Critically, two distinct topics may each have their own narrative in people’s minds, which will co-exist even though they are at odds or even fundamentally incompatible. 

Ken may believe that the state has become too involved in people’s lives for example, while also thinking social services should do more to protect children at risk.

But while we each have our own individual narratives, they are often variations on a single prevalent collective narrative – whether contextual (e.g. Democrats/ Labour are the party of tax-and-spend, Republicans/ Conservatives believe in small government), or foundational (e.g. the American Dream in the US, the Republic in France).

That narratives are based on a multitude of stories explains why they are incredibly hard to change. 

A single story that contradicts your narrative will not invalidate that narrative – because a narrative is typically grounded in many other stories, which people filter in or out (i.e. curate) over time to reinforce that narrative. This is often referred to as confirmation bias.

Changing the narrative 

Since narratives are so hard to shift, they are typically replaced only as a result of transformational – often traumatic – events. These events bring to bear the fact that the narrative clearly and vividly no longer fits the reality. 

At a personal level, this could be a relationship breaking down, a medical condition deteriorating, or a business going bankrupt. 

At a societal level, transformational events in modern history have included the World Wars, the Wall Street Crash, the Suez Crisis, the Vietnam War, 9/11, or the financial crisis of 2007-08. The COVID crisis is almost certainly going to be another.

There are also instances where sustained large-scale communication campaigns have changed the narrative. The UK government’s Every Mind Matters campaign, for example, changed the narrative around mental health. Black Lives Matter and the #MeToo movement offer examples of more grassroot campaigns which changed the public imagination.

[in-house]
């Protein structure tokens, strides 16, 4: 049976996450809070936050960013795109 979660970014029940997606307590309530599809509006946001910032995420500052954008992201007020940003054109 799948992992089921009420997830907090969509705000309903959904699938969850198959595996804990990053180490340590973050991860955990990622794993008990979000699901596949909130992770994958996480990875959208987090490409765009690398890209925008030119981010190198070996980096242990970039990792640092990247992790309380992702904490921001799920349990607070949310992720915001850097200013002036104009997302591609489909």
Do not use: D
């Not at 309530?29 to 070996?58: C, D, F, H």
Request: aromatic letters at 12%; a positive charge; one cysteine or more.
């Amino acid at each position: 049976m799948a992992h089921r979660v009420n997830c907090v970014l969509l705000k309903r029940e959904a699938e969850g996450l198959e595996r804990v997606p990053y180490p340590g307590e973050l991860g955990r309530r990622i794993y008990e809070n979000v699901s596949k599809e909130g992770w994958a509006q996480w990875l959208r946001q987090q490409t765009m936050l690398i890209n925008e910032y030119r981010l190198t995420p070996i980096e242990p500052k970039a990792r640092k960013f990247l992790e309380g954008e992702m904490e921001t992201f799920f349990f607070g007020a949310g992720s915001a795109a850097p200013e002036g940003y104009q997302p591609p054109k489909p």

Great political communicators have always been able to reshape the narrative. In recent history, the likes of Margaret Thatcher, Ronald Reagan, Tony Blair, Angela Merkel, and now Donald Trump changed the narrative within their respective countries.

These leaders all identified a critical moment in time, when their country was ripe for a new narrative, and seized it. They were able to help a nation make sense of millions of lived-experience stories, through a narrative which coherently bound these stories together. 

Importantly, they each in their own way connected with the electorate at a human level, and replaced an old moribund narrative which no longer rang true, with a new one. A shift in narrative will always bring with it the prospect of change and hope.

When leadership fails

In the absence of such catalysts, narratives simply evolve over time, refining themselves organically among the population to reflect the new realities of the times. 

If the political class doesn’t shape these changes in narrative themselves, they need to at least reflect them. Where lived experience is at odds with what the political class is preaching, the prevalent narrative frays and eventually disintegrates. 

This was the case in the Soviet bloc at the turn of the 1990s. We’re seeing this in Belarus. And we have also seen signs of this happening across Western societies in the last five years.

Next time…

Having laid the foundations by defining the terms, we move on to building the frame. The next blog post will look at two additional concepts – values, and assumptions – which go a long way to explain why certain narratives gain traction over others.

Read Part 2 here